A Hohenstaufen History
In real history the House of Hohenstaufen was one of the great noble families of Medieval Germany. In 1079 Friedrich von Hohenstaufen, Count of Riesgau, was made Duke of Swabia. By 1138, his descendants were on the throne of Germany, which they occupied for over a century after that. The greatest of them all was Frederick I Barbarossa, whose exploits won his family fame and notoriety. If the CK LibrAARy is to be relied on (which I realize may be a rash assumption), this great family have so far somehow escaped the ruinous clutches of CK AARland.
Unfortunately for any modern day descendants of the Hohenstaufen family who may be proud of their great and noble heritage, all that is about to change. Be afraid. Be very afraid. Your cherished family history is about to be CK AARed…
Chapter 1: A Dark and Perilous Road
Chapter 2: A Bright and Glorious Future
Chapter 3: A Cunning Plan
Chapter 4: Friends and Foes
Chapter 5: Friedrich Da One
Chapter 6: Adolf Sorts it Out
Chapter 7: Lebensraum
Chapter 8: Duke Adolf Scratches a Living
Chapter 9: The Young Duke
Chapter 10: A King's Stuff
Chapter 11: The Shadow King
Chapter 12: A Bastard, a Blackguard and some Battles
Chapter 13: Bohemia gets Bigger
Chapter 1 (1066-68)
A Dark and Perilous Road
Count Friedrich von Hohenstaufen of St.Gallen woke up on the day after Christmas 1066 with a strange sense of excitement and foreboding. Somehow, quite suddenly, he knew. His family, the Hohenstaufens, were destined for greatness.
He could not say why he knew, but the knowledge filled him with excitement.
The sense of foreboding came from the additional fact that he suddenly knew without a shadow of a doubt: that the road to greatness was a dark and perilous one, and that only the strongest and most valiant would survive.
Friedrich himself was a pleasant enough chap, always ready to forgive those whom he felt had wronged him in some way, and then stab them in the back at the earliest opportunity. It seemed liked a winning combination for the road to greatness. He had probably inherited these traits from his mother, Hildegarde, a flamboyant schemer who had taught him all he knew and who now acted as his Spy Mistress.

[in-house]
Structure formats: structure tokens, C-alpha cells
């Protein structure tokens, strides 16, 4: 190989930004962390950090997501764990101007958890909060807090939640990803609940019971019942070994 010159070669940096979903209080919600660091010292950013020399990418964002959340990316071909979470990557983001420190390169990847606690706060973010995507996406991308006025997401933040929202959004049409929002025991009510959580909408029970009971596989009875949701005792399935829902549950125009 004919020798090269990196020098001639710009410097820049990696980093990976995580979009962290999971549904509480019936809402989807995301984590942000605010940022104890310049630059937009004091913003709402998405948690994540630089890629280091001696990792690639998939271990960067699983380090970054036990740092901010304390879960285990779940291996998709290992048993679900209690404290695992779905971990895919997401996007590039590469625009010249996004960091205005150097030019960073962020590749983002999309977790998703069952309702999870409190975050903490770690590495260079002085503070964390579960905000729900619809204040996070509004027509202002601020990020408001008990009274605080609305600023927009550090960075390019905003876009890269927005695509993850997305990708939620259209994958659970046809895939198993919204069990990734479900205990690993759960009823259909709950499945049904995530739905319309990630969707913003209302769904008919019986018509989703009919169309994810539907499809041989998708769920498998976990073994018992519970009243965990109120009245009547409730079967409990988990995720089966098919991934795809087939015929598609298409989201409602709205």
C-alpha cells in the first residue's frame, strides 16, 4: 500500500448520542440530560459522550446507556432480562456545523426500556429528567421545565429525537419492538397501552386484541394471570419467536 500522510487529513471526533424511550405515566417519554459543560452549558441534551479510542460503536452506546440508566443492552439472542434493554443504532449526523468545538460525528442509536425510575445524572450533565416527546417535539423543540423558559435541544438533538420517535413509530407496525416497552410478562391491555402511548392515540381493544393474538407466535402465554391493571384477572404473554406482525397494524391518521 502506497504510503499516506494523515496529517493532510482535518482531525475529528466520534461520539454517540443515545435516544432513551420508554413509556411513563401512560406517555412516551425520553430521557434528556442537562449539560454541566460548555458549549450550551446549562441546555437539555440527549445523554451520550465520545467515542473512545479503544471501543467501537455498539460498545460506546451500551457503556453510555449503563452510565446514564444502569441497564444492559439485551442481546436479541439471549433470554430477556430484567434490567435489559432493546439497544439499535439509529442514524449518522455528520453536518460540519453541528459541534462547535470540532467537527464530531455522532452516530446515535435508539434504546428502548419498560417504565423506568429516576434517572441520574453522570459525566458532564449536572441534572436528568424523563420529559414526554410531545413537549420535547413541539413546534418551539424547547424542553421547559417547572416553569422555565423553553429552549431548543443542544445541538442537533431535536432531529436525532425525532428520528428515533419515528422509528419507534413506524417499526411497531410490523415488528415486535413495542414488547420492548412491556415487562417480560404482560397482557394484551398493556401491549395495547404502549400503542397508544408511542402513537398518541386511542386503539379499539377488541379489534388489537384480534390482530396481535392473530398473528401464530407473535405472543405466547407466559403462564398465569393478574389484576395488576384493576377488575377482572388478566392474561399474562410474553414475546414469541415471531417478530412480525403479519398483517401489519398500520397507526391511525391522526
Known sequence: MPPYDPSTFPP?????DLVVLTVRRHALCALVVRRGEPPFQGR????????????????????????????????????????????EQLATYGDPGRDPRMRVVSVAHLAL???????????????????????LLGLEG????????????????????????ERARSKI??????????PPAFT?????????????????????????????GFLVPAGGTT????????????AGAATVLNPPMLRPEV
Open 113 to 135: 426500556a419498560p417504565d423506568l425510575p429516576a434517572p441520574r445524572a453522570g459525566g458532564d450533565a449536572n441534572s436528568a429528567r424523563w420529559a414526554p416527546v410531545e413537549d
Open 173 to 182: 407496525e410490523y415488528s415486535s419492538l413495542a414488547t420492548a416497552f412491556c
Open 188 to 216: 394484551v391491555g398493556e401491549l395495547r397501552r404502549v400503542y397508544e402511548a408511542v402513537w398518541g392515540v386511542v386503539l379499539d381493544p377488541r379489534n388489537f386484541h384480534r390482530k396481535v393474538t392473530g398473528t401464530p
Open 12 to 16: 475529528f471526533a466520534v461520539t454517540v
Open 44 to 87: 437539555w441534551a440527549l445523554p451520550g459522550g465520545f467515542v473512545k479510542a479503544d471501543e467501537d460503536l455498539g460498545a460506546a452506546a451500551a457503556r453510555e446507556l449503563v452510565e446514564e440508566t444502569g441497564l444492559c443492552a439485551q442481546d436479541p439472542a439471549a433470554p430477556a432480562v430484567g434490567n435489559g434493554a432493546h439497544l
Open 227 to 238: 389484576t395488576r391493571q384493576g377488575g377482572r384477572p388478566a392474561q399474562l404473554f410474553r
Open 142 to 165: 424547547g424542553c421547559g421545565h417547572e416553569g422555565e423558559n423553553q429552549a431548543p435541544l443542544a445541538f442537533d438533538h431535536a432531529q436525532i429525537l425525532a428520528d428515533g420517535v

Hildegarde von Bonngau, Friedrich's mother
Like many a humble Count in 1066, Friedrich really only had two main concerns: cash and kids. He was not actually married yet, which gave him the opportunity of killing these two birds with one stone. He decided to begin a search for a suitable bride who had the sort of accounting skills that would boost the County's meagre income as much as possible. Tasked with this mission was his Chancellor, the stunningly ugly Kunigunde von Glarus.
Kunigunde - who suffered from classic CK Nose Syndrome
Kunigunde, 21 years old, was not married herself, and her immediate reaction to Friedrich's instructions was to tactfully enquire as to whether he had actually considered the various options open within his own court. As these included only herself and his own mother, it was not all that tactful, but Friedrich only replied politely but firmly that yes, he had. After a moment's awkward silence, Kunigunde finally sniffed quietly (or as quietly as her copious nasal cavity would allow) and said "Oh - well, I'd better getting started with my packing then", and disappeared off to prepare for a bride-hunting tour of Europe.
Her first port of call was the distant County of Urmumu in the south of Ireland where rumour had it that there was a hotshot economic genius who was looking for a husband. Alas however, Kunigunde was too late - someone more conveniently place had apparently got there before her. Next stop was the County of Perigord in southwest France, and there she struck lucky. Marta de Mortemart was not exactly Einsteinian material but she was marginally more competent than anyone else around, and better-looking than Kunigunde, which wasn't saying much. And she was just seventeen. And just. And selfish. And she liked truffles. Best of all, her name was awesomely alliterative. What more could Count Friedrich ask for?